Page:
Sunday, August 05, 2018

What hath Robin DiAngelo wrought?

And she went after the Mighty Krug-Man too.
This can not stand.
It probably isn't Robin DiAngelo's fault, alone, or even primarily, that anti-white racism has become chic, but she certainly has been banging that drum for a long time, and a recent defense of Sarah Jeong mentions "white fragility" Robin DiAngelo's catch phrase which must surely be trademarked by now.

However, it's clear that it is chic and another article, by Zach Beauchamp, written in defense of Jeong argues that it's not so bad, all the nasty things Jeong said about whites, because all the other kids are doing it:
The problem here, though, is assuming that Jeong’s words were meant literally: that when Jeong wrote “#cancelwhitepeople,” for example, she was literally calling for white genocide. Or when she said “white men are bullshit,” she meant each and every white man is the human equivalent of bull feces. This is expressly Sullivan’s position: He calls her language “eliminationist,” a term most commonly used to describe Nazi rhetoric referring to Jews during the Holocaust. 
To anyone who’s even passingly familiar with the way the social justice left talks, this is just clearly untrue. “White people” is a shorthand in these communities, one that’s used to capture the way that many whites still act in clueless and/or racist ways. It’s typically used satirically and hyperbolically to emphasize how white people continue to benefit (even unknowingly) from their skin color, or to point out the ways in which a power structure that favors white people continues to exist. 
I get that white people who aren’t familiar might find this discomforting.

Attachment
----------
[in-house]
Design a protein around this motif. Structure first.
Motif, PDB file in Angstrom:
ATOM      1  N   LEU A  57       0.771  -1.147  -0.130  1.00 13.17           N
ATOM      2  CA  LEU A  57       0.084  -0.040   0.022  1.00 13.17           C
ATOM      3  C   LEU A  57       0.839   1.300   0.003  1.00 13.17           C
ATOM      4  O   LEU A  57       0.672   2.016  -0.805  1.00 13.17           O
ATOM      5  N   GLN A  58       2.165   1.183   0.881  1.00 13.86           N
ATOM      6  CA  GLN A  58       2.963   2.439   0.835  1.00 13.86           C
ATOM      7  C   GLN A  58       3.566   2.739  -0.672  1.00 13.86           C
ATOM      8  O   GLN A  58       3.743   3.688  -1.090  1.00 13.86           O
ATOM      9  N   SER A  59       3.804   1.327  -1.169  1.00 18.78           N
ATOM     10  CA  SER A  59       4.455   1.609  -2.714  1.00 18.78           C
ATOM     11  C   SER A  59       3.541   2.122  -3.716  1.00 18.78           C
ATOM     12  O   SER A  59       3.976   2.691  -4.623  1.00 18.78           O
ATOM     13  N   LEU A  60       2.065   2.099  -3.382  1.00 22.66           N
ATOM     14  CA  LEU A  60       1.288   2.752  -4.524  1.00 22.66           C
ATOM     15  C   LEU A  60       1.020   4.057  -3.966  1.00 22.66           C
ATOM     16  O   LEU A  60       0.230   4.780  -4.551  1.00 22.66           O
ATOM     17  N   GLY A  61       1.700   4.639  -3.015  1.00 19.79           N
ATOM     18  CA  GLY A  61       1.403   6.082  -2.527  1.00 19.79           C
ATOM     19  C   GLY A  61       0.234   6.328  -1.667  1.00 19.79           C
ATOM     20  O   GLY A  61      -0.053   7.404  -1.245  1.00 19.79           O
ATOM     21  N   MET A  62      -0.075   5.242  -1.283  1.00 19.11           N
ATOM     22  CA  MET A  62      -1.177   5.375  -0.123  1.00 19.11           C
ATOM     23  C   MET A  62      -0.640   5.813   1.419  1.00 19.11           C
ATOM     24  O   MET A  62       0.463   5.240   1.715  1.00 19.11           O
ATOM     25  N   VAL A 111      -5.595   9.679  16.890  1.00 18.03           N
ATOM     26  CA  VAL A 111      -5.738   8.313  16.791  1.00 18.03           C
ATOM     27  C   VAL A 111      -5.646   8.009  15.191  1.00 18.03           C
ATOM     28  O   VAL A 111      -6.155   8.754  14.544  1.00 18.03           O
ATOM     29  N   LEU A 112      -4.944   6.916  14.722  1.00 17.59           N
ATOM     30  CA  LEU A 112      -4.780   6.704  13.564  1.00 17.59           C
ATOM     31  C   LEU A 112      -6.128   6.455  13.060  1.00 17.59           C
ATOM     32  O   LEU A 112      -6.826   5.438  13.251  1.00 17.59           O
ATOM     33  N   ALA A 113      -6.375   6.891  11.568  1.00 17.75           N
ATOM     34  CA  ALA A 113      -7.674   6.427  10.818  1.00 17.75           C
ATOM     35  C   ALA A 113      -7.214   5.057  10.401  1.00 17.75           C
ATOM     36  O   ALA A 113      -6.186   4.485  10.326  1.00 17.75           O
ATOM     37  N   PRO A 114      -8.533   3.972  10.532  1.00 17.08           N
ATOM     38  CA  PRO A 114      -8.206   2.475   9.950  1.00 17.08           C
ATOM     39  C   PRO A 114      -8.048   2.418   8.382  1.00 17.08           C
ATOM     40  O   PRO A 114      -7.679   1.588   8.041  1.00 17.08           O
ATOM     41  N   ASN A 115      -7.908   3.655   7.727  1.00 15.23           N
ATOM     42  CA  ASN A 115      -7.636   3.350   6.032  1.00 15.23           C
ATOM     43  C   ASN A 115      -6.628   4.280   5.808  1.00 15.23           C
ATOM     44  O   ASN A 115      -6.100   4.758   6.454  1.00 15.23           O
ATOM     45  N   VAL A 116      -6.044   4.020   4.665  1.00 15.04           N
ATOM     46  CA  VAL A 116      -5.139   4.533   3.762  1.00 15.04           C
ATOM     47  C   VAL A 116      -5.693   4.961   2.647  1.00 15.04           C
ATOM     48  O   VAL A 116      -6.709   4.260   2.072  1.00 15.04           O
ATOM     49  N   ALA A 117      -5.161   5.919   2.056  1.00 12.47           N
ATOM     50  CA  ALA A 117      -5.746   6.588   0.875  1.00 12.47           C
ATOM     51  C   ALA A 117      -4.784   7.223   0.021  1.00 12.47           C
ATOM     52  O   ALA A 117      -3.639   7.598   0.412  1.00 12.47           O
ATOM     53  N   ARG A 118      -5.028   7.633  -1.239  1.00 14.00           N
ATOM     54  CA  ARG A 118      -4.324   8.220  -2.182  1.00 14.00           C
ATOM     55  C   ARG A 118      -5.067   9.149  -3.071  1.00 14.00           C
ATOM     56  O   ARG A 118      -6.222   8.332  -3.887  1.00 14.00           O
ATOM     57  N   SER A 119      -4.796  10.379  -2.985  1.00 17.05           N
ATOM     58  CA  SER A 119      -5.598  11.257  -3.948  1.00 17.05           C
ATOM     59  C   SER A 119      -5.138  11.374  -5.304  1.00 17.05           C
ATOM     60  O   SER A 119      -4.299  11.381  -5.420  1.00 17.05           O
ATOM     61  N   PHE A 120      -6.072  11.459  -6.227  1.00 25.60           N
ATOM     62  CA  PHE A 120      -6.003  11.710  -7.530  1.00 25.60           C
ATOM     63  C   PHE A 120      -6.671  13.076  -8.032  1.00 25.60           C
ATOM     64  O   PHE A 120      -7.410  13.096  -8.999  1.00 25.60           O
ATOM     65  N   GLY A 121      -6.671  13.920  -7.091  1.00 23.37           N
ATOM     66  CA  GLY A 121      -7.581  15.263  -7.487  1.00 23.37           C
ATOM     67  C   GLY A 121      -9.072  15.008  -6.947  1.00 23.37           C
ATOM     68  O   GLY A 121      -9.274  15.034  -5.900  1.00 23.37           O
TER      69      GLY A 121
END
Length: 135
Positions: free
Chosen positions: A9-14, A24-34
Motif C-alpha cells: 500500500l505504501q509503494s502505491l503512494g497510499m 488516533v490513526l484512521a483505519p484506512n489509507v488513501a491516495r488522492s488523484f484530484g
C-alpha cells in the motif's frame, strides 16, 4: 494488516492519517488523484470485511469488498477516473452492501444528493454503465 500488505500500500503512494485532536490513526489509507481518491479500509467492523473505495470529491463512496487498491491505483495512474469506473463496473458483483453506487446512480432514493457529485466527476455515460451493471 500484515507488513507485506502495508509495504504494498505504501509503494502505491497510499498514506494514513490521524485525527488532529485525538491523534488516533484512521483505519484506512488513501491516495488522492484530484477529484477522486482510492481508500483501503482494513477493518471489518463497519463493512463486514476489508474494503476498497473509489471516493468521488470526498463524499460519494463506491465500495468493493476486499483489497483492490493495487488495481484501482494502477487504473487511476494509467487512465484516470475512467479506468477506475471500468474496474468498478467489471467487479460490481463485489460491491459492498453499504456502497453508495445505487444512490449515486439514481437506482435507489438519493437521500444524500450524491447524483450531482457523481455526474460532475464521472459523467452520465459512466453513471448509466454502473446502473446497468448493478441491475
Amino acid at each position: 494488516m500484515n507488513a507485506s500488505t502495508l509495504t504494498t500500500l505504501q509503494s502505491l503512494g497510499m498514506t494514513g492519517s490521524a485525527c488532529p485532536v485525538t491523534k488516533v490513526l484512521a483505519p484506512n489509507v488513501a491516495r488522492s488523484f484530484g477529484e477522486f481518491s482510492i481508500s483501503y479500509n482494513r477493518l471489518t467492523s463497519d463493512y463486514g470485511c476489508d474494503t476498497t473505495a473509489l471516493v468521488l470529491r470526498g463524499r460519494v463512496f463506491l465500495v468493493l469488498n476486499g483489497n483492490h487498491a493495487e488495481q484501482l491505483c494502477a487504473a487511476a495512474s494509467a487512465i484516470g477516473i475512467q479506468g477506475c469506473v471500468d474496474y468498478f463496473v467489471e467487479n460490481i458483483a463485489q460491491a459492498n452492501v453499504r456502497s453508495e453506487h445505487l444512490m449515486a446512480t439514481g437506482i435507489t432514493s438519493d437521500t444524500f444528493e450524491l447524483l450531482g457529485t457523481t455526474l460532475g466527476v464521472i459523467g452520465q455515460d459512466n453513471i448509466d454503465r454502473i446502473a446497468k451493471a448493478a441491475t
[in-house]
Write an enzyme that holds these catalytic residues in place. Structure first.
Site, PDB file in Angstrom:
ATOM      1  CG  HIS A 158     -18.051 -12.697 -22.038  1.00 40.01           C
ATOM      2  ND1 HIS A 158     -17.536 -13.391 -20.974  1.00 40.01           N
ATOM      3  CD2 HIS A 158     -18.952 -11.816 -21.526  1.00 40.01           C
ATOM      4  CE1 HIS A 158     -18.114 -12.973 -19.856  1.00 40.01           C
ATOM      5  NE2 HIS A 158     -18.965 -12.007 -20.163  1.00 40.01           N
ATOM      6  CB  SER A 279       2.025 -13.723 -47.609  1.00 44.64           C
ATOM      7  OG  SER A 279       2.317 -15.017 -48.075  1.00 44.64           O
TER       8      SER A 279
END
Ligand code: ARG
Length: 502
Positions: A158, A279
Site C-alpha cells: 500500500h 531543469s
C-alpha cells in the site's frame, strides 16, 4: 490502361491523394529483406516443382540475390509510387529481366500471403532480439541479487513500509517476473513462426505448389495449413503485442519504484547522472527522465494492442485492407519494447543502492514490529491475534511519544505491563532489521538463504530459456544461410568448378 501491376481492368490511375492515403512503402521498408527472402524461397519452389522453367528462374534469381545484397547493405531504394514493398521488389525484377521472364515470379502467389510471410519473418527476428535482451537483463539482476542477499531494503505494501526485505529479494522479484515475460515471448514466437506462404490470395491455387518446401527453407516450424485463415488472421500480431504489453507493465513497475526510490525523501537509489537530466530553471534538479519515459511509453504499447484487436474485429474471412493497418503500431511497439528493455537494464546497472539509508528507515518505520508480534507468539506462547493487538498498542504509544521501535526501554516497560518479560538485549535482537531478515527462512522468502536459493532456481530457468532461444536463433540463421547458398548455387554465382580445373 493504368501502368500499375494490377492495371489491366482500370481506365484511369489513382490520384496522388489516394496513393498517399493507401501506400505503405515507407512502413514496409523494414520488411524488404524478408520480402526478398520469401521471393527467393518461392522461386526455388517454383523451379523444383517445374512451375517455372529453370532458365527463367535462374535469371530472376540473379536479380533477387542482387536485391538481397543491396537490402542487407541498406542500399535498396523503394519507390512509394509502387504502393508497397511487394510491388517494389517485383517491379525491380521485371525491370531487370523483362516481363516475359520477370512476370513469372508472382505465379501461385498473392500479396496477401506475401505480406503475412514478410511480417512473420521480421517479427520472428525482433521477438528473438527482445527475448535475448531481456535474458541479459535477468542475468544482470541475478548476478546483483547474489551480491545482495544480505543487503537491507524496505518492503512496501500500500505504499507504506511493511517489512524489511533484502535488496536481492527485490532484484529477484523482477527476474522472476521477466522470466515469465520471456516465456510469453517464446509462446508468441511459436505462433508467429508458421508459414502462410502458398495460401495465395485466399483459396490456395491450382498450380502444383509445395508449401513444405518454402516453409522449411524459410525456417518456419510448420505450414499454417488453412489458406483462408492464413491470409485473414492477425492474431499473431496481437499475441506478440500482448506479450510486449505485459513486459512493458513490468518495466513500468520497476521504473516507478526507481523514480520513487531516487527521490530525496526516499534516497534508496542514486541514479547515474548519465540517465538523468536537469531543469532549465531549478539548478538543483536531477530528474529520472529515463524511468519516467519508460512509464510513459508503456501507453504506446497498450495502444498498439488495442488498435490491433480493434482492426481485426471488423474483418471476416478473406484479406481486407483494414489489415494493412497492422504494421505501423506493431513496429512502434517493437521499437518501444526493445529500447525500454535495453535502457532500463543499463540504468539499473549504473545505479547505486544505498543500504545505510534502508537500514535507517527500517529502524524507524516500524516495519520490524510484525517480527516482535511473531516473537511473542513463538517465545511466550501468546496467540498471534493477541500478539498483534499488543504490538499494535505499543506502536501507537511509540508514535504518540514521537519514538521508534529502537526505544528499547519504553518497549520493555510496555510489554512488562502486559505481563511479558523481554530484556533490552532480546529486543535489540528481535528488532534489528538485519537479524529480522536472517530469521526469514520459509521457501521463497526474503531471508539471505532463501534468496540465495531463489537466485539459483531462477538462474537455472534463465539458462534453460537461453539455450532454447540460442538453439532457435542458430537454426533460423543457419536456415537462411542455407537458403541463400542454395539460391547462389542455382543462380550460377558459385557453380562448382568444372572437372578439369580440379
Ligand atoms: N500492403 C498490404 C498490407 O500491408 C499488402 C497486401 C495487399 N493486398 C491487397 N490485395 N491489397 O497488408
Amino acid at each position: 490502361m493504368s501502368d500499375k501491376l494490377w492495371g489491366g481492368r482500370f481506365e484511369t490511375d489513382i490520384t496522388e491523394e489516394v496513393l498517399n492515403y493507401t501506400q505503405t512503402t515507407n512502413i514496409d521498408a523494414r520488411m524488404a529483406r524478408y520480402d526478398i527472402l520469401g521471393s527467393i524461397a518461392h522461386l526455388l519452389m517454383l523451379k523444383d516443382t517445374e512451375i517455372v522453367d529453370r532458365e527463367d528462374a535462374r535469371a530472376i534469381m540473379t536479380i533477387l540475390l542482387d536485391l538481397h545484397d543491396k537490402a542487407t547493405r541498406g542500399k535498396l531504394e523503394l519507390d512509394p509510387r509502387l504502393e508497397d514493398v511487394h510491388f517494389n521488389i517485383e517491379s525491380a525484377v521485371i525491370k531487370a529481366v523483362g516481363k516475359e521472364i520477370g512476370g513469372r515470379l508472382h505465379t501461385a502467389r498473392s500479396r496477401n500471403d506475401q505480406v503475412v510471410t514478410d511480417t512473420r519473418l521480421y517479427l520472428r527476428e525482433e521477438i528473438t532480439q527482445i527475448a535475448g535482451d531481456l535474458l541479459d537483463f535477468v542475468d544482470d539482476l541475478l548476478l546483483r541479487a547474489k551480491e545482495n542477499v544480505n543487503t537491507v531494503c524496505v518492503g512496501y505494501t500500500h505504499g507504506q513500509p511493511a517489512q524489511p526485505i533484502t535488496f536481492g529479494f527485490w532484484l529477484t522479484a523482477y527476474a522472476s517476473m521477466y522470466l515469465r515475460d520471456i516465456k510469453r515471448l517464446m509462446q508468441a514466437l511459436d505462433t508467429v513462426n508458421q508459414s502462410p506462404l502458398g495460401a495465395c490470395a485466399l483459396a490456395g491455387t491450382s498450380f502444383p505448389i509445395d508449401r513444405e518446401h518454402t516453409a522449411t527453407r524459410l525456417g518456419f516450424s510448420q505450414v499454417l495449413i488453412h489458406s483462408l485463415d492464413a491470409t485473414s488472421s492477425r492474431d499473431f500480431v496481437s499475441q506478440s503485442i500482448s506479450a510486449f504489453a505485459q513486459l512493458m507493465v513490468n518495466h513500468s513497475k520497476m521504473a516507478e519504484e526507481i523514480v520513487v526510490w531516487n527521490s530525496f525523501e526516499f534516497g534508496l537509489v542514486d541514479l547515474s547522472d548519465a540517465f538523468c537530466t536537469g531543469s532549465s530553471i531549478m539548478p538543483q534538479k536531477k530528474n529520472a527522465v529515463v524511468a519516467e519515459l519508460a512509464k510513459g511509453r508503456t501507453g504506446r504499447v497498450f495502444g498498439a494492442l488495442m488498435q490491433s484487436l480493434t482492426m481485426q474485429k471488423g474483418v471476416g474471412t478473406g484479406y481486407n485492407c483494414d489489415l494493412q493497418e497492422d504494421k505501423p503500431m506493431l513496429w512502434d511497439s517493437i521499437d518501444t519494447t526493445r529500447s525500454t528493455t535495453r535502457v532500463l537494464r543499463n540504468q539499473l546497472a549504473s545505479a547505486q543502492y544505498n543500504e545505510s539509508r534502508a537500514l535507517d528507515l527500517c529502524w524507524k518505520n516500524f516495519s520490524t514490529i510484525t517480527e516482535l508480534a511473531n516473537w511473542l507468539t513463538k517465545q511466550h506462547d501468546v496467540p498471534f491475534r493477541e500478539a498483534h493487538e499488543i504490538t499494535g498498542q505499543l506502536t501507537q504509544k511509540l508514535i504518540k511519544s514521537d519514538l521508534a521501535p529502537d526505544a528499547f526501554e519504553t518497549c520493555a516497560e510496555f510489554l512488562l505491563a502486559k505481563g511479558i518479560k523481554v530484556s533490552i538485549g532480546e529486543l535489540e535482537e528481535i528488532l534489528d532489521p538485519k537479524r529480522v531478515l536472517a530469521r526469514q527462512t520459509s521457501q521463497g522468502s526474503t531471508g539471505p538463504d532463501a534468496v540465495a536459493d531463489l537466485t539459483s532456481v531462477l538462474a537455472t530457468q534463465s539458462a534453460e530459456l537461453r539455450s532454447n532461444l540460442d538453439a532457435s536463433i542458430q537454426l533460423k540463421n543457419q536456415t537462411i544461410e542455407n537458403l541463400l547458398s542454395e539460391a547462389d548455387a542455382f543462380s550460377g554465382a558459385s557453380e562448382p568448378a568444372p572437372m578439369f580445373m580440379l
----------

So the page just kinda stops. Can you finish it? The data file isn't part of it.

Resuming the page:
But of course as we learn from Robin DiAngelo, finding this "discomforting" should not make one feel sorry for the white people, but rather contempt for their "white fragility."

It is certainly true that "the social justice left" says hateful things about "white people" - as I have noted several times on this blog, especially white women - especially white feminists.

It's interesting how often the social justice left attacks others on the left more than they attack the right. 

I always wondered if some of the more ambitious on the social justice left would ever pay for their flagrant ethnicity-based attacks - I've speculated about a lawsuit against Robin DiAngelo, which has still apparently not happened yet, but I still haven't counted it out. I was glad that Mikki Kendall seemed to have finally paid a price for her relentless race and gender based attacks when Michelle Goldberg wrote about her in The Nation. But now the NYTimes has demonstrated that ethnicity-based attacks are no barrier to career advancement.

In addition to the "all the kids are doing it" arguments in defense of Jeong are:
  1. She's just parodying racists (like Andrew Sullivan)
  2. It's OK to say racist things against whites because whites are all-powerful and all-privileged
  3. It's impossible for a non-white person to be racist because they are all oppressed by whites
  4. Jeong was attacked by racist trolls so that excuses her racism. This seems to be the one adopted by Jeong herself.
The worst thing about this defense of anti-white racism is that it gives the Right the opportunity to take the high road, as demonstrated by Jeong's attack on some right-winger and his response.

All these excuses given for why it's OK to attack people based on their ethnicity, if that ethnicity is white, makes the left look like a bunch of shameless hypocrites. And racists. And I hate shameless hypocrites and racists. And I hate it when idiots on the Left like Sarah Jeong make the Right look good.